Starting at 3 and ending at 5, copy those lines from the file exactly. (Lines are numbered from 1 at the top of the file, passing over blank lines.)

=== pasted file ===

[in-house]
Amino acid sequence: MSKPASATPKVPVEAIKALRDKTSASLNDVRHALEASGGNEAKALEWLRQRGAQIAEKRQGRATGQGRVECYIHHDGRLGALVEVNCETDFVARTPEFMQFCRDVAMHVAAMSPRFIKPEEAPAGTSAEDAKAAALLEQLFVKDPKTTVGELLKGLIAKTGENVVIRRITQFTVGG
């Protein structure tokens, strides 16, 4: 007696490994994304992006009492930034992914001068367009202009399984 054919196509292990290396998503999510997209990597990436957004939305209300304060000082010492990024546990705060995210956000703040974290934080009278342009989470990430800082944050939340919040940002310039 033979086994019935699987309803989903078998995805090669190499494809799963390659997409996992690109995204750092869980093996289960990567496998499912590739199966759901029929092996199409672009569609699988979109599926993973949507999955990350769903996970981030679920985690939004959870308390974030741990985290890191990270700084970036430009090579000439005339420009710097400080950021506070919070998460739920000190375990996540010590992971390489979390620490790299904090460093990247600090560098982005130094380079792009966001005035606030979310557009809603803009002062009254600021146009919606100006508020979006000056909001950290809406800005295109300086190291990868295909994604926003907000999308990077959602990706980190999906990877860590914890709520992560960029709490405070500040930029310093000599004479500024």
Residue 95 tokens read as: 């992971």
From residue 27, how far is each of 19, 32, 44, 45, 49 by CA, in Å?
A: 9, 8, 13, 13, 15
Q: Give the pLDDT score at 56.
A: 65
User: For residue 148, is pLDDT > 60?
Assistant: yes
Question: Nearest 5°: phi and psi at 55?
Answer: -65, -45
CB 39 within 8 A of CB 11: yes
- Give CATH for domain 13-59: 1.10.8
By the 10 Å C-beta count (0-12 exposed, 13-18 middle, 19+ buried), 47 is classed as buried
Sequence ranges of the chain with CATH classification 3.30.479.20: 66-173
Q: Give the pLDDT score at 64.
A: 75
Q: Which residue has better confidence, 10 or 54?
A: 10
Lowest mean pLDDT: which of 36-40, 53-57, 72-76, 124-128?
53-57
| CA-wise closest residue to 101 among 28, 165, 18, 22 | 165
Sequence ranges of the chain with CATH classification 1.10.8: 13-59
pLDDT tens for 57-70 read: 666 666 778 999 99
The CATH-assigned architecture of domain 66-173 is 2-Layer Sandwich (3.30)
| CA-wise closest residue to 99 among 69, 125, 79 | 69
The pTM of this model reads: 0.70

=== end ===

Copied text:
């Protein structure tokens, strides 16, 4: 007696490994994304992006009492930034992914001068367009202009399984 054919196509292990290396998503999510997209990597990436957004939305209300304060000082010492990024546990705060995210956000703040974290934080009278342009989470990430800082944050939340919040940002310039 033979086994019935699987309803989903078998995805090669190499494809799963390659997409996992690109995204750092869980093996289960990567496998499912590739199966759901029929092996199409672009569609699988979109599926993973949507999955990350769903996970981030679920985690939004959870308390974030741990985290890191990270700084970036430009090579000439005339420009710097400080950021506070919070998460739920000190375990996540010590992971390489979390620490790299904090460093990247600090560098982005130094380079792009966001005035606030979310557009809603803009002062009254600021146009919606100006508020979006000056909001950290809406800005295109300086190291990868295909994604926003907000999308990077959602990706980190999906990877860590914890709520992560960029709490405070500040930029310093000599004479500024």
Residue 95 tokens read as: 């992971």
From residue 27, how far is each of 19, 32, 44, 45, 49 by CA, in Å?